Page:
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tomato questions

Posted by luvofroses So Ut 7 (My Page) on
Mon, Mar 26, 12 at 1:33

This my first time posting to this forum. Last year was my first year to try to have a garden in this state. In N.C where we lived before my husband did the garden and it was always wonderful, but nothing seems to be the same here.I had my hubby build me some raised beds and I started planting and was a little over zealous but want to correct my mistakes this year so my questions are: last year I recieved some tomatoes that had very large cores in them and after slicing them and removing the core very little eatable tomato was left. Are there certain types of tomatoes that do this or was it the way they were grown? Also I been reading about indeterminate,and determinate and I have no idea what that means, and how important it is.Thanks so much for helping with this

Follow-Up Postings:

RE: tomato questions

Ann, at the top of this first page there is a link to the FAQ's and the very first article is about the difference between determinate and indeterminate varieties and those terms describe the plant habit of tomato varieties. Det ones are shirt and bushy and most tend not to produce all season while indet have long vines and tend to produce fruits all season. There are far more indet varieties than det ones.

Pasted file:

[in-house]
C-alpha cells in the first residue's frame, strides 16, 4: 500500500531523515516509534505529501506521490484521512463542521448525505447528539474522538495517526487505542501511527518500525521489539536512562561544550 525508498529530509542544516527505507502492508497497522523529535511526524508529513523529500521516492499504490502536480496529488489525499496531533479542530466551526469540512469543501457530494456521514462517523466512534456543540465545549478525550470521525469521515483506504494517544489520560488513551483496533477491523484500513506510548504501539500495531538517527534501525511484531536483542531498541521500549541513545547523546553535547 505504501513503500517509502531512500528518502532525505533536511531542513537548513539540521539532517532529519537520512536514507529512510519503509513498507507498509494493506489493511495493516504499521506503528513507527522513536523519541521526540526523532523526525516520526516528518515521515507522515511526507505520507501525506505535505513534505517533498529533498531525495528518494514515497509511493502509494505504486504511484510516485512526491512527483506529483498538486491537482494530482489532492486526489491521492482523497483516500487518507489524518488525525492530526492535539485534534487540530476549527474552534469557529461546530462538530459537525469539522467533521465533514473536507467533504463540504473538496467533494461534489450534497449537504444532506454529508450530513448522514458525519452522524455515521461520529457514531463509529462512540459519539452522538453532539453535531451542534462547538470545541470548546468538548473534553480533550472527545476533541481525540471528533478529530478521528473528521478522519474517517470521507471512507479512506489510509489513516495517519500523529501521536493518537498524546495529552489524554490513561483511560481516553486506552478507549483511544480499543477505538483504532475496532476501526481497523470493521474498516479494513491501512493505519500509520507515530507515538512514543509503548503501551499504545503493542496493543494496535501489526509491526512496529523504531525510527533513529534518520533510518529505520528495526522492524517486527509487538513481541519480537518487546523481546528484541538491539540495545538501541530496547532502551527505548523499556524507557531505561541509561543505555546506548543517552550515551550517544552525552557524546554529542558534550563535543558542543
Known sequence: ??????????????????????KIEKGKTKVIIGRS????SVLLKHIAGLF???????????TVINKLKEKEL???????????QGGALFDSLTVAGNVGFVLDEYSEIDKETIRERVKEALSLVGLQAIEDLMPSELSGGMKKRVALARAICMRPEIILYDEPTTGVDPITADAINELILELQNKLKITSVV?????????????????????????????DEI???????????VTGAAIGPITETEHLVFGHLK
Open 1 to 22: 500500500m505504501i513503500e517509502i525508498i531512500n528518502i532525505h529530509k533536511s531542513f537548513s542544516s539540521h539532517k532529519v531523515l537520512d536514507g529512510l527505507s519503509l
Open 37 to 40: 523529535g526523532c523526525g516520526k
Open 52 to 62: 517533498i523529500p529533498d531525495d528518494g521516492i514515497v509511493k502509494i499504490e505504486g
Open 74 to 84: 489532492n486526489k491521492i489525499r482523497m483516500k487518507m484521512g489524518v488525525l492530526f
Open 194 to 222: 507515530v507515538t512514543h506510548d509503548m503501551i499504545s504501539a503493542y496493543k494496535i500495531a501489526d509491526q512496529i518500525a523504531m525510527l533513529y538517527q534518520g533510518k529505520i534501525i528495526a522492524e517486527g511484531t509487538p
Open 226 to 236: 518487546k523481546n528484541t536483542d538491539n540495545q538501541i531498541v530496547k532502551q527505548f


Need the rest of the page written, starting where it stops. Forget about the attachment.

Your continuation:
It's helpful in terms of knowing how far apart to plant your plants and how to grow them either by sprawling or in cages or by staking or in containers, or however else you might want to grow your tomatoes.

As for the white cores, Google is your friend and below I've linked to a Google search for white cores and most of the time they appear when plants are stressed as you'll find out when you read some of the links.

And in Utah, as opposed to NC, your tomatoes are much more likely to be stressed. So read some of the links within the Google search I posted below and see how to hopefully get around the stresses.

Hope that helps.


Here is a link that might be useful: White Cores

RE: tomato questions

Thank you very much for the information. I am sorry I did not do my homework first, that would have been the thing to do.

RE: tomato questions

I think you will also find that your plant out date differs greatly where you are now from when you planted in NC. That alone can reduce much of the stress on your plants.

And as always when trying to garden in a new location, other local gardeners can be a wealth of info. If there is a local Farmer's Market that is a great place to meet them and don't hesitate to ask them questions. They love talking gardening with customers or even browsers.


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